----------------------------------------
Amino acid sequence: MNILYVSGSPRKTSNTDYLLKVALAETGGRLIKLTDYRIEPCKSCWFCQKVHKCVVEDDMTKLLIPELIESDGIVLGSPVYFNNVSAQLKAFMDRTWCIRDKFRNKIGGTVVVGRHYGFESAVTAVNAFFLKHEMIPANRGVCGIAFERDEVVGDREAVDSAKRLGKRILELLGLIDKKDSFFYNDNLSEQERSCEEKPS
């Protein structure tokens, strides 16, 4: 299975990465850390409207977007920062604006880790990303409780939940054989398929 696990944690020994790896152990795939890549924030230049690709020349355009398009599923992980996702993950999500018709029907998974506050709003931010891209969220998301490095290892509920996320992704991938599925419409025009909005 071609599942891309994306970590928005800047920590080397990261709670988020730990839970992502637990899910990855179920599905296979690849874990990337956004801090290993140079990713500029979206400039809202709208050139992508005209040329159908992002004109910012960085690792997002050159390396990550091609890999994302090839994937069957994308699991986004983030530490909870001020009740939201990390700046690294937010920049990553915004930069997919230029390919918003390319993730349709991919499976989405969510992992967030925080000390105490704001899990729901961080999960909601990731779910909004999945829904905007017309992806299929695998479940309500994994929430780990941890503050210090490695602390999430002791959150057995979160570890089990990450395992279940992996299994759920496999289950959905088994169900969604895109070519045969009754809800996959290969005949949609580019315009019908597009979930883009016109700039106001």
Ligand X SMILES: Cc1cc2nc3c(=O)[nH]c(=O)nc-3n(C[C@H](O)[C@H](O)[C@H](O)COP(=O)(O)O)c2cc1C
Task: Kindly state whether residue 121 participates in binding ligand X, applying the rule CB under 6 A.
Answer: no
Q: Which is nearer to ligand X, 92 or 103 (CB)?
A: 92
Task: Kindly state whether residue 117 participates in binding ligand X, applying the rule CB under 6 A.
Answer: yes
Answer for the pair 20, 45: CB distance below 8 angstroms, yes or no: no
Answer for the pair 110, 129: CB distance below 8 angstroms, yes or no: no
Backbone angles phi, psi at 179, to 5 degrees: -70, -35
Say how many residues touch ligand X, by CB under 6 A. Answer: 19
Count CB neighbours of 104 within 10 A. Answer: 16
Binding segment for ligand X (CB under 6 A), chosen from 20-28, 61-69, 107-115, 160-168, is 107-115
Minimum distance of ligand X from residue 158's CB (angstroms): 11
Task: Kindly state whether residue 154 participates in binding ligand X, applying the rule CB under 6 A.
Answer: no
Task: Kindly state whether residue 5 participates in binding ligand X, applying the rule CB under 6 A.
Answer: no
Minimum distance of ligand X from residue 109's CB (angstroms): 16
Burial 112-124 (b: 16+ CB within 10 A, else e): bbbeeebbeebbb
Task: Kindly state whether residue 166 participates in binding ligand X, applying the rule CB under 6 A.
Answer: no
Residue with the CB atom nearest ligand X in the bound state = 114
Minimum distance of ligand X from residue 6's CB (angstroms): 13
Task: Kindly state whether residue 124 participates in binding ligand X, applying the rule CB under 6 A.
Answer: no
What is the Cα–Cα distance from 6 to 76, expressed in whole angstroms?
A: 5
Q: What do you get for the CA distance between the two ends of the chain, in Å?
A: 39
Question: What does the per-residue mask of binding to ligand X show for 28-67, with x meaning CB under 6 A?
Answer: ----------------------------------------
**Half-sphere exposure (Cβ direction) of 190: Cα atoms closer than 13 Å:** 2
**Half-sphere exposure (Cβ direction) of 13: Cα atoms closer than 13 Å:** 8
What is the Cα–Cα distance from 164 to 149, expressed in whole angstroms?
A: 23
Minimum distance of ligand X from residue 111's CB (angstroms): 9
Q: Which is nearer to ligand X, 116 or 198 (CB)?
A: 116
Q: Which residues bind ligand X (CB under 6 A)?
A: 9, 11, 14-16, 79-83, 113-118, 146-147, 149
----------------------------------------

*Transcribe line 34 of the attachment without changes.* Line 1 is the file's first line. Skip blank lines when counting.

Answer: ----------------------------------------